Tlaib calls out hypocrite GOP taking credit for stimulus bill

Tlaib said, ‘You know how in group project there is always students who didn’t contribute, but they still take credit - That’s the GOP’

Gustaf Kilander
Washington, DC
Monday 15 March 2021 15:50 GMT
Comments

Related video: Tlaib on Mi lawmakers stimulus disbursement: “Not the time to play politics.”

Democratic Michigan Representative Rashida Tlaib blasted Republicans for taking "credit" for the Covid relief bill despite that not a single member of the GOP voted for the bill dubbed The American Rescue Plan.

Ms Tlaib tweeted on Sunday: "You know how in a group project there is always a handful of students who didn't contribute, but they still take credit at the end. That's the GOP after the passage of the American Rescue Plan."

The house of representatives passed the relief bill on Wednesday after it had been amended by the senate. President Biden signed it into law on Thursday and stimulus checks of $1,400 started going out this weekend to Americans earning less than $75,000.

The bill also includes an increased child tax credit, funding for state and local governments, money meant to help reopen schools, aid small businesses, and boost vaccination efforts around the country.

States and cities will get $350bn, a move blasted by Republicans who argued it was a bailout for badly run mainly Democratic cities, according to Newsweek.

Read more:

Despite the plan getting no GOP votes in either chamber of Congress, some Republicans have still been taking credit for the package, to the ire of Democrats.

Florida Republican Representative María Elvira Salazar tweeted on Friday: "So proud to announce that the Biden Administration has just implemented my bipartisan COVID relief bill as part of Small Business Administration policy."

California Democratic Representative Ted Lieu responded: "You voted against it. You voted NO on your own legislation. But thanks for highlighting some of the great small business provisions in the American Rescue Plan, which every Republican member of Congress opposed."

In a press release, the office of Ms Salazar said she introduced "the COVID Economic Injury Disaster Loan Relief Act" along with Kansas Democrat Sharice Davids on 3 March. The bill "would extend the time to repay Economic Injury Disaster Loan loans, taken in response to COVID-19, for an extra year since the COVID-19 pandemic is still ongoing," the office said.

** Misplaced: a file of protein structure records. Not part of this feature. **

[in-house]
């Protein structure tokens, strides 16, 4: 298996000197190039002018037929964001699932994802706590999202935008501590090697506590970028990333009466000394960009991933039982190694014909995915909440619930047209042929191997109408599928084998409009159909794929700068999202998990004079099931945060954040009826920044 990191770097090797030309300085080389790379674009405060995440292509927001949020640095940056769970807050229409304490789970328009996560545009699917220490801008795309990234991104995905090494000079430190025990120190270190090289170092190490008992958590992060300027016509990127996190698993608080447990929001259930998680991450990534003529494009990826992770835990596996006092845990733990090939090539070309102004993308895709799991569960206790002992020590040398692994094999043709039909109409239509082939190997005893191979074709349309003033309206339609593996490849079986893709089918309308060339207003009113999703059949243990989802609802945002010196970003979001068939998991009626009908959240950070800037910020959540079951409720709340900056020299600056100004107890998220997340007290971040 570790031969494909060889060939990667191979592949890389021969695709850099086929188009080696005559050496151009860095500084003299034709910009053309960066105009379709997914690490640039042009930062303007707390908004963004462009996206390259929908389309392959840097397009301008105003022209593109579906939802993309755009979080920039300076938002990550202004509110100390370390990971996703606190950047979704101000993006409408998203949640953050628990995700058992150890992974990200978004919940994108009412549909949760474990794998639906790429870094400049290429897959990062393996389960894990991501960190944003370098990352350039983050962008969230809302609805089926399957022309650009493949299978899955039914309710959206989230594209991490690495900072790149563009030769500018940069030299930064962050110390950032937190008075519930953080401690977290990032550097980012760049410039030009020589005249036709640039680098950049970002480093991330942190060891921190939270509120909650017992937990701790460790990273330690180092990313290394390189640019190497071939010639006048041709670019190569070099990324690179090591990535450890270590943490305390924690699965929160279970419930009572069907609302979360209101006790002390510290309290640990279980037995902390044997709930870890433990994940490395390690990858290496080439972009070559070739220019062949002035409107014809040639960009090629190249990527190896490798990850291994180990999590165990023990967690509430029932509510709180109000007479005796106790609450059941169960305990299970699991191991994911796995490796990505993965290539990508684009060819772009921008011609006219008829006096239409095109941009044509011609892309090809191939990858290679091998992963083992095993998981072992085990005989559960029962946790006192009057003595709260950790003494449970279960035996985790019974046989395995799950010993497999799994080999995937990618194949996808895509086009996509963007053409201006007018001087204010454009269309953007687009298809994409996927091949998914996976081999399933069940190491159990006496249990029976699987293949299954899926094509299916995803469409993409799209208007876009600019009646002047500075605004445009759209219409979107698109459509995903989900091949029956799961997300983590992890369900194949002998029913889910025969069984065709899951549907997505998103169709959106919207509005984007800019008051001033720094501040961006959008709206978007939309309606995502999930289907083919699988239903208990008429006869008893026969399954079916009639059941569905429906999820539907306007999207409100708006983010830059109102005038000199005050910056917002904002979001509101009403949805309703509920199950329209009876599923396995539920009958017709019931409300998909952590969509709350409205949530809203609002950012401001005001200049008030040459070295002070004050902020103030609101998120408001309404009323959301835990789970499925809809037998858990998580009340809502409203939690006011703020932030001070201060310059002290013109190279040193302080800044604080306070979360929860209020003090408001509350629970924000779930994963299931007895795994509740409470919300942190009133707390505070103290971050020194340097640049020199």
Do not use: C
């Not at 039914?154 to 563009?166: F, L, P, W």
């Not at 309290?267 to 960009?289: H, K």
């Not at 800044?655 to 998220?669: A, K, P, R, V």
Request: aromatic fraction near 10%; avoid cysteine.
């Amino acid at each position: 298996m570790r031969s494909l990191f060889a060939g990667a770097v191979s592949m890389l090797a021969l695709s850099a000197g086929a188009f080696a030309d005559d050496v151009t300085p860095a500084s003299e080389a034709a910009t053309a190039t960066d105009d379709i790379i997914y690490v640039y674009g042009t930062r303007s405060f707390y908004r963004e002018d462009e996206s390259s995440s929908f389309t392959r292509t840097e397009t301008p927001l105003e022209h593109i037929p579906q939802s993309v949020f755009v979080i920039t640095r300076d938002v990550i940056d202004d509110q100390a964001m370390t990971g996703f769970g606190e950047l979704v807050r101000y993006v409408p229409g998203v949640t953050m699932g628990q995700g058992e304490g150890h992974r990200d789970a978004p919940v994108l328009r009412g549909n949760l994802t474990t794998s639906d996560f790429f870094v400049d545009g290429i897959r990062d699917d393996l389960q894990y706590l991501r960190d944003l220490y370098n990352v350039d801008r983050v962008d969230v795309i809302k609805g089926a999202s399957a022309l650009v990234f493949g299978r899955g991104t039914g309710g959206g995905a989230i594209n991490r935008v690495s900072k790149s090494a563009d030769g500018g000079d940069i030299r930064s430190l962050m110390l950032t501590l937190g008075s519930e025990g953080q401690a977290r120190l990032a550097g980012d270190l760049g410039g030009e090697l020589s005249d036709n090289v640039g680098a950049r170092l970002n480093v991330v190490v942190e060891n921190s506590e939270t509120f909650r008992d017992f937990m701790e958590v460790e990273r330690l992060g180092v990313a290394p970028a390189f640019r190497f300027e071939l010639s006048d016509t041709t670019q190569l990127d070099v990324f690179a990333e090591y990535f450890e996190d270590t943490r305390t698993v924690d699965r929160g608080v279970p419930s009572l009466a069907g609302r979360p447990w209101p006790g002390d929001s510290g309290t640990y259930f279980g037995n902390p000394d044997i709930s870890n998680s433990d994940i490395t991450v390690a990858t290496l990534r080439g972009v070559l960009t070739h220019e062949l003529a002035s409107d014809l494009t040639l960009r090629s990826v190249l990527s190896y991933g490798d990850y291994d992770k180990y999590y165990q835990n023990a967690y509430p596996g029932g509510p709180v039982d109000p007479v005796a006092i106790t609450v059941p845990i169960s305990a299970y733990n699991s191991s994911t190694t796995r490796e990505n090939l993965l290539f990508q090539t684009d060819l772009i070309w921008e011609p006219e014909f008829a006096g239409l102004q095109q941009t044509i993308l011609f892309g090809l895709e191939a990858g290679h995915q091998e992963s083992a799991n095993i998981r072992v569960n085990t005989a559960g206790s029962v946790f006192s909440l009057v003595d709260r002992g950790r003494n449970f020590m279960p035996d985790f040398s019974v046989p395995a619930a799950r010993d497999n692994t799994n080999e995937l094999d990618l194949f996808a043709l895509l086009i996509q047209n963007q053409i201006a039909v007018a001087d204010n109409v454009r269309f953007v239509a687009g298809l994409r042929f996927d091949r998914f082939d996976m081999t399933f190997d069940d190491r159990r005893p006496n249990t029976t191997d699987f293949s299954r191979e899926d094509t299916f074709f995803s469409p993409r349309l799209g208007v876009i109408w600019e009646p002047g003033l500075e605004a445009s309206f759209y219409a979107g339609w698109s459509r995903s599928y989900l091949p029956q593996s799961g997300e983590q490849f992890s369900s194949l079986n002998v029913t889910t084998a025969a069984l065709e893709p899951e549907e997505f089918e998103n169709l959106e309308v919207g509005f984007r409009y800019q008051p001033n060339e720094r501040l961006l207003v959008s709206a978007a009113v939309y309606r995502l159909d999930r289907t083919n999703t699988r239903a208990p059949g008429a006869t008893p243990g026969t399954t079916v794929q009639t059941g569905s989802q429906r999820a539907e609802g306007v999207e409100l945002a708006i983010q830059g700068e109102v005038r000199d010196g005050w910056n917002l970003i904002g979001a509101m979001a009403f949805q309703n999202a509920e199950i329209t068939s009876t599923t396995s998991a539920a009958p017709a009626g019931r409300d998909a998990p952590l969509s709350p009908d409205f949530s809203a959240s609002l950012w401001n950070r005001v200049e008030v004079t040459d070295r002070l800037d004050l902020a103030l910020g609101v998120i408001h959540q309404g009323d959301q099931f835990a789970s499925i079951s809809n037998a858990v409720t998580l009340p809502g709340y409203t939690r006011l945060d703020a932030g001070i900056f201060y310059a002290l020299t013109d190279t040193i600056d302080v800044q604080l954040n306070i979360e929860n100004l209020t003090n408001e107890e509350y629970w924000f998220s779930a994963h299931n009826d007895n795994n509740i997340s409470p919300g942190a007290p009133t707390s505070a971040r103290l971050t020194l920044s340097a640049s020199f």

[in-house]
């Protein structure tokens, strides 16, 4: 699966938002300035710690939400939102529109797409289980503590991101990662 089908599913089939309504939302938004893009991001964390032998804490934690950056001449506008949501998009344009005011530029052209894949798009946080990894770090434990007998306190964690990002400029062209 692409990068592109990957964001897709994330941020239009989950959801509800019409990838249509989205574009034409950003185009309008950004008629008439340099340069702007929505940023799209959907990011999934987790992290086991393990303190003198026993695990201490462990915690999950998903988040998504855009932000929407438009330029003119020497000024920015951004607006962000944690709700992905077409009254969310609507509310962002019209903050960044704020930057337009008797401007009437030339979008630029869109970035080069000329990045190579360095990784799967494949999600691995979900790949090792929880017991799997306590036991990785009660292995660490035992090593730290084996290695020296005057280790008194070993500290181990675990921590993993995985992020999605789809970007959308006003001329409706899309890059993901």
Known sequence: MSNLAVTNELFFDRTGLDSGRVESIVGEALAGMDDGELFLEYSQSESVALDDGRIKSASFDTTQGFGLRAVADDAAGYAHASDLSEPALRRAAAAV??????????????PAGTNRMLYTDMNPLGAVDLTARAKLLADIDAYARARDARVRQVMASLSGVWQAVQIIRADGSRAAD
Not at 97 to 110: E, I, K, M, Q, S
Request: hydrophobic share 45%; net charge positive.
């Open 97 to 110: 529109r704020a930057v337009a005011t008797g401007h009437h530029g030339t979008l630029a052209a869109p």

Ms Salazar said: "We cannot force our struggling small business owners to repay these loans at a time when many are barely able to keep their doors open."

Ms Tlaib called on Republicans to support the Automatic Boost to Communities Act, which would provide for "recurring payments of $2,000/month and the creation of an emergency resource corp".

The bill was introduced by Washington state Democratic Representative Pramila Jayapal, the chair of the Congressional Progressive Caucus. The payments would go to eligible individuals and the emergency corp would be formed to aid the most vulnerable communities hit hard by the pandemic.

Mississippi Republican Senator Roger Wicker tweeted on 10 March that "independent restaurant operators have won $28.6 billion worth of targeted relief. This funding will ensure small businesses can survive the pandemic by helping to adapt their operations and keep their employees on the payroll".

Reporters were quick to point out that Mr Wicker didn't vote for the bill.

“One good provision in a $1.9 trillion bill doesn’t mean I have to vote for the whole thing,” Mr Wicker told reporters according to HuffPost.

An aide to Mr Wicker added that he was behind the Restaurants Act which would provide for $120bn of relief for independent restaurants and small franchises.

“He was not able to support $2 trillion in poorly targeted spending as was proposed by Congressional Democrats. He will continue working to advance targeted relief for restaurants and other groups that have been hit hard by the pandemic," the aide said.

The Independent has reached out for comment from Ms Salazar.

Join our commenting forum

Join thought-provoking conversations, follow other Independent readers and see their replies

Comments

Thank you for registering

Please refresh the page or navigate to another page on the site to be automatically logged inPlease refresh your browser to be logged in